3 Things I Learned From "Your Money or Your Life"
In the past couple of years, I have realized how interested I am in personal finance. One of the things I’m trying to do about it is to read more on this topic. I recently picked up “Your Money or Your Life” by Vicki Robin. I read about it online, and it felt like it would be a challenging read for me. I wasn’t disappointed.
I mean, challenging in the sense that it would challenge my way of thinking, but it was a very smooth read. I even managed to do most of the exercises (slightly adjusted, though). The thing is, from what little I knew, it sounded a bit on the hippie side for me. I tend to take a very pragmatic, no non-sense stance on money, but the book made me reconsider some of my ideas.
I’m not going to dive into too many details about the book, but I do encourage you to pick it up. I think it’s worth reading the whole thing. These are just my thoughts, no spoilers.
First, money as life energy
I bill by the hour as a contractor, so I have a very clear picture of what an hour of work gets me in terms of money. So my usual rationale was that if something I needed to do was going to take an hour, I was willing to pay someone or some company to do it for me, up to my hourly rate. That was a way I justified a lot of my spending.
This way of thinking is flawed in more than one way, but the book shined a light on the worst part of it. What I was doing was getting myself one more hour I needed to work so I could pay for that service. I usually enjoy my job, but I have a limited amount of hours a week I can do it enjoyably.
Instead, I would suggest learning to enjoy some of the chores, they are a part of life, and if you think of them as paying for a break from work, they can be a nice thing. If on top of that, you can save a few bucks from doing your laundry, cooking, or walking your dog, it’s a no-brainer.
If you look at your expenses and add up everything you would rather do yourself, instead of over-working, they might add up to an opportunity to move to a less time-consuming job or at least take your job easier.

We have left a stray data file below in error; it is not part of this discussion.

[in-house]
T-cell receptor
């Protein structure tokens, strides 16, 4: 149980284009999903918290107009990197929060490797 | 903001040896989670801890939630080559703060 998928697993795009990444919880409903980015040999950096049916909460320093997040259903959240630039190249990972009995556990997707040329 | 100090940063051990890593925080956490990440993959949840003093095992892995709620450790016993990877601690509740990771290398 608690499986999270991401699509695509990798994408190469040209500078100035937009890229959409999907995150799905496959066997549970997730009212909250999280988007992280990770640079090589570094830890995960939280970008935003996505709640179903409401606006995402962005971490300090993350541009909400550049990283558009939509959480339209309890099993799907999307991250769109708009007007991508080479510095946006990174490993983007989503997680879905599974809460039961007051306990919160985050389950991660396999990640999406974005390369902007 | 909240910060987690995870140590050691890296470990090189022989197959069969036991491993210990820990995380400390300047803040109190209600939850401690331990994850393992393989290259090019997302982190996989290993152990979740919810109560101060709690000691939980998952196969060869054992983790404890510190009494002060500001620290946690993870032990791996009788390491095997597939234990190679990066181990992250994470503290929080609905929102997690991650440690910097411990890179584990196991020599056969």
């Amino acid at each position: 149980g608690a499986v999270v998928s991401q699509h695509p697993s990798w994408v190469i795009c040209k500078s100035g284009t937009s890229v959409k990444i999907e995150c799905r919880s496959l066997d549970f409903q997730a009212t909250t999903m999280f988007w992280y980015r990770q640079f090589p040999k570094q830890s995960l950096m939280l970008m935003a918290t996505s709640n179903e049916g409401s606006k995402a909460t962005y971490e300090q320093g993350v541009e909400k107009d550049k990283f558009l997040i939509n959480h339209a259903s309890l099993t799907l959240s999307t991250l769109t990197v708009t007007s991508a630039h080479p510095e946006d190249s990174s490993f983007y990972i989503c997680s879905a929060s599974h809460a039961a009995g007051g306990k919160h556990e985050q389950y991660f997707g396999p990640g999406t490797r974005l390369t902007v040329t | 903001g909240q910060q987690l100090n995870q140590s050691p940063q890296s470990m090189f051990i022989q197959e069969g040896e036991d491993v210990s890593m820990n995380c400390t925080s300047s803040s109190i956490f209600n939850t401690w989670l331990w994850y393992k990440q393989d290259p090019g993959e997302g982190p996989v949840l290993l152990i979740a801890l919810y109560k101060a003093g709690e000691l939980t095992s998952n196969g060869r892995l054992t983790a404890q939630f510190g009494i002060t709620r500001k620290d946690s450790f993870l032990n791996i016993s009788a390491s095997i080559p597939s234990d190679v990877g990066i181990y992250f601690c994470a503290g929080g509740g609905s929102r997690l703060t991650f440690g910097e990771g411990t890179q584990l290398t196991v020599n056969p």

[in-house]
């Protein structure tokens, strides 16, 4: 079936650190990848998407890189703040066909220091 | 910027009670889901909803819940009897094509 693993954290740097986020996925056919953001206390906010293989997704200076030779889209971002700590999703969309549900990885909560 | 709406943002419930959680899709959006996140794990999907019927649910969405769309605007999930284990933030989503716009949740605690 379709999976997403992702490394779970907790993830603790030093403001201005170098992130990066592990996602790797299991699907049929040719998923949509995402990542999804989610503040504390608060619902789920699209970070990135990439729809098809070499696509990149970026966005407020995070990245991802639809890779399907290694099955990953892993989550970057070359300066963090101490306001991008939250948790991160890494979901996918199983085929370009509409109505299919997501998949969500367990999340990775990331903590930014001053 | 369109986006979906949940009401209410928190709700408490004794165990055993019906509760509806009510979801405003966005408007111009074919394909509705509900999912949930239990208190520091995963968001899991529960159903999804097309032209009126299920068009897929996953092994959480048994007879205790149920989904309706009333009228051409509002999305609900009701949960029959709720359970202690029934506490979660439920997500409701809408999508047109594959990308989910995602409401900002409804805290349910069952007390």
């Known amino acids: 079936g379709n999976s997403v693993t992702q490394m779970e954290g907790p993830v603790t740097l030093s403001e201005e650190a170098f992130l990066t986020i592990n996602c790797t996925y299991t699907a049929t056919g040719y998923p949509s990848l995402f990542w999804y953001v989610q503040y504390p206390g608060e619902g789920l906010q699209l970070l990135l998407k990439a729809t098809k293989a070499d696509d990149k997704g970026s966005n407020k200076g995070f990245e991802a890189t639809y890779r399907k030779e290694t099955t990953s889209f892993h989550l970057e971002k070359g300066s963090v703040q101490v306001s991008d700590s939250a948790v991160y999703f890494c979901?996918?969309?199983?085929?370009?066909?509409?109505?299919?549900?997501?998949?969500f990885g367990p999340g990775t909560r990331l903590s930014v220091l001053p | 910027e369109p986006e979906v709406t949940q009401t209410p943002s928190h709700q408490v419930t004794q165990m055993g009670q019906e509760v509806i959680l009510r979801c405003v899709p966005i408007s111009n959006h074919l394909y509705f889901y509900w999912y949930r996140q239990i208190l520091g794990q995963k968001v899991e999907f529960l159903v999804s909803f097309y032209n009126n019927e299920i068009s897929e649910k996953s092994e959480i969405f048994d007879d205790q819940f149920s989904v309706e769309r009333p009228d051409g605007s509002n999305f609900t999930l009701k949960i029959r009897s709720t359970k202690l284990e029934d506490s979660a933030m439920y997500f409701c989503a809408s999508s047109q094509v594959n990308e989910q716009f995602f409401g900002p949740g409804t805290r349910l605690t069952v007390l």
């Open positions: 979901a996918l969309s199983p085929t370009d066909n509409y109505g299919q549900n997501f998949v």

Second, your work is not only what you get paid for
Modern life makes you build a lot of your identity and your self-worth on your day job. This way of thinking puts a lot of strain on our relationship with our jobs; we stop seeing our jobs for what they are in principle, which is an agreement where we trade our time for some money.
I am all for getting involved in your job, finding some meaning in it, and perhaps there is where I disagree a bit with the author, but I do think there is a lot of fulfillment to be found in valuing the work you don’t do for money on an equal standing to your day job.
I have taken to learning, writing, and coding about personal finance, and though I still do other stuff to pay the bills, I see this as my work too.
This idea has the added benefit of removing some pressure from my day job to give me meaning and also taking off some pressure from my side-projects to make money.
Third, community wealth
I have been doing a lot of soul-searching the last couple of years, been to beautiful places, and done a lot of exciting stuff, but I have found the two things that genuinely bring me joy are learning and sharing with close friends and family. I could almost say I believe building a close community is the true meaning of life.
But there is also an overlooked part of this, which is also good, even if it’s less romantic. A tight-knit, trustworthy community is also a form of wealth.
A very simple yet powerful example is that if you have someone to take care of your kids or your dog (a friend, a relative), you can save an absurd amount of money.
I’m not saying build a community because it’ll save you money, but what I’m prepared to say is that you should think twice before sacrificing personal relationships for work.